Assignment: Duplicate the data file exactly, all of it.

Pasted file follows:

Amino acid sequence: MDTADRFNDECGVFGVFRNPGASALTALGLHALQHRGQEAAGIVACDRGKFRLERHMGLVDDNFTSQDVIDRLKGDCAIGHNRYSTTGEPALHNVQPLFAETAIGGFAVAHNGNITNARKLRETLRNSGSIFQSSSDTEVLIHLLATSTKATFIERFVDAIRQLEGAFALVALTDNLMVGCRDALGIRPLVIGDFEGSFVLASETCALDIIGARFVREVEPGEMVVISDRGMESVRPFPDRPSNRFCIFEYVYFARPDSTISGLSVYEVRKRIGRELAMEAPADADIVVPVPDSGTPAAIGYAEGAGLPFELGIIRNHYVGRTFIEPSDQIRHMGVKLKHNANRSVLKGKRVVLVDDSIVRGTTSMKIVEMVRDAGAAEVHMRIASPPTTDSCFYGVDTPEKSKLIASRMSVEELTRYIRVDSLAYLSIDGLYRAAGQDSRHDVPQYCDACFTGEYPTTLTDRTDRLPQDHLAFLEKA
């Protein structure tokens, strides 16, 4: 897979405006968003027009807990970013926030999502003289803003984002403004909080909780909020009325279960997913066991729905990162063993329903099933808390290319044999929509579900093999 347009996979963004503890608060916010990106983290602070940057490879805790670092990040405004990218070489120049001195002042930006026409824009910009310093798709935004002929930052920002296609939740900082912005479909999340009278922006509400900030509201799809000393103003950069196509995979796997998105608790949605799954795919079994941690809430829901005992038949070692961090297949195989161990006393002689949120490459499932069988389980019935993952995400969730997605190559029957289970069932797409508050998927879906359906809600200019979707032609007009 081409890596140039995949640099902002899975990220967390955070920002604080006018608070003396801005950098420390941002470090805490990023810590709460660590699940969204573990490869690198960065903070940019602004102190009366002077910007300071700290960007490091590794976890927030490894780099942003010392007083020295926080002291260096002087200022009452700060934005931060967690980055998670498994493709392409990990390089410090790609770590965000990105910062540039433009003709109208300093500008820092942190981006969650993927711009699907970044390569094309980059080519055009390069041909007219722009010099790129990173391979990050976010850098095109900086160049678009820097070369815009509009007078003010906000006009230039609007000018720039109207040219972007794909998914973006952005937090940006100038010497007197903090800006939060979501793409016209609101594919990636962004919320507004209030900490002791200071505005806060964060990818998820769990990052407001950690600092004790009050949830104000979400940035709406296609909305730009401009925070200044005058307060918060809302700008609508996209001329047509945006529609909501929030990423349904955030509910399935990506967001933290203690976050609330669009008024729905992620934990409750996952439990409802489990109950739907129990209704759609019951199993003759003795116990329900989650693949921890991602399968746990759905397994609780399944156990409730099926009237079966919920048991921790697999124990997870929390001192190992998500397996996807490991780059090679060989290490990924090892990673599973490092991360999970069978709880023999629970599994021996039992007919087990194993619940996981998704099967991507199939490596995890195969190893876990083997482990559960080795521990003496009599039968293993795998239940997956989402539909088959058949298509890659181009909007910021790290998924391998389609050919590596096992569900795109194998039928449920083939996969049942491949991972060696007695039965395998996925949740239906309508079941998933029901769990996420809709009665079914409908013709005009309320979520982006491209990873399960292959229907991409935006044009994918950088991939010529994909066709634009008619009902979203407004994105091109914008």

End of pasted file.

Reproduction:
Amino acid sequence: MDTADRFNDECGVFGVFRNPGASALTALGLHALQHRGQEAAGIVACDRGKFRLERHMGLVDDNFTSQDVIDRLKGDCAIGHNRYSTTGEPALHNVQPLFAETAIGGFAVAHNGNITNARKLRETLRNSGSIFQSSSDTEVLIHLLATSTKATFIERFVDAIRQLEGAFALVALTDNLMVGCRDALGIRPLVIGDFEGSFVLASETCALDIIGARFVREVEPGEMVVISDRGMESVRPFPDRPSNRFCIFEYVYFARPDSTISGLSVYEVRKRIGRELAMEAPADADIVVPVPDSGTPAAIGYAEGAGLPFELGIIRNHYVGRTFIEPSDQIRHMGVKLKHNANRSVLKGKRVVLVDDSIVRGTTSMKIVEMVRDAGAAEVHMRIASPPTTDSCFYGVDTPEKSKLIASRMSVEELTRYIRVDSLAYLSIDGLYRAAGQDSRHDVPQYCDACFTGEYPTTLTDRTDRLPQDHLAFLEKA
């Protein structure tokens, strides 16, 4: 897979405006968003027009807990970013926030999502003289803003984002403004909080909780909020009325279960997913066991729905990162063993329903099933808390290319044999929509579900093999 347009996979963004503890608060916010990106983290602070940057490879805790670092990040405004990218070489120049001195002042930006026409824009910009310093798709935004002929930052920002296609939740900082912005479909999340009278922006509400900030509201799809000393103003950069196509995979796997998105608790949605799954795919079994941690809430829901005992038949070692961090297949195989161990006393002689949120490459499932069988389980019935993952995400969730997605190559029957289970069932797409508050998927879906359906809600200019979707032609007009 081409890596140039995949640099902002899975990220967390955070920002604080006018608070003396801005950098420390941002470090805490990023810590709460660590699940969204573990490869690198960065903070940019602004102190009366002077910007300071700290960007490091590794976890927030490894780099942003010392007083020295926080002291260096002087200022009452700060934005931060967690980055998670498994493709392409990990390089410090790609770590965000990105910062540039433009003709109208300093500008820092942190981006969650993927711009699907970044390569094309980059080519055009390069041909007219722009010099790129990173391979990050976010850098095109900086160049678009820097070369815009509009007078003010906000006009230039609007000018720039109207040219972007794909998914973006952005937090940006100038010497007197903090800006939060979501793409016209609101594919990636962004919320507004209030900490002791200071505005806060964060990818998820769990990052407001950690600092004790009050949830104000979400940035709406296609909305730009401009925070200044005058307060918060809302700008609508996209001329047509945006529609909501929030990423349904955030509910399935990506967001933290203690976050609330669009008024729905992620934990409750996952439990409802489990109950739907129990209704759609019951199993003759003795116990329900989650693949921890991602399968746990759905397994609780399944156990409730099926009237079966919920048991921790697999124990997870929390001192190992998500397996996807490991780059090679060989290490990924090892990673599973490092991360999970069978709880023999629970599994021996039992007919087990194993619940996981998704099967991507199939490596995890195969190893876990083997482990559960080795521990003496009599039968293993795998239940997956989402539909088959058949298509890659181009909007910021790290998924391998389609050919590596096992569900795109194998039928449920083939996969049942491949991972060696007695039965395998996925949740239906309508079941998933029901769990996420809709009665079914409908013709005009309320979520982006491209990873399960292959229907991409935006044009994918950088991939010529994909066709634009008619009902979203407004994105091109914008």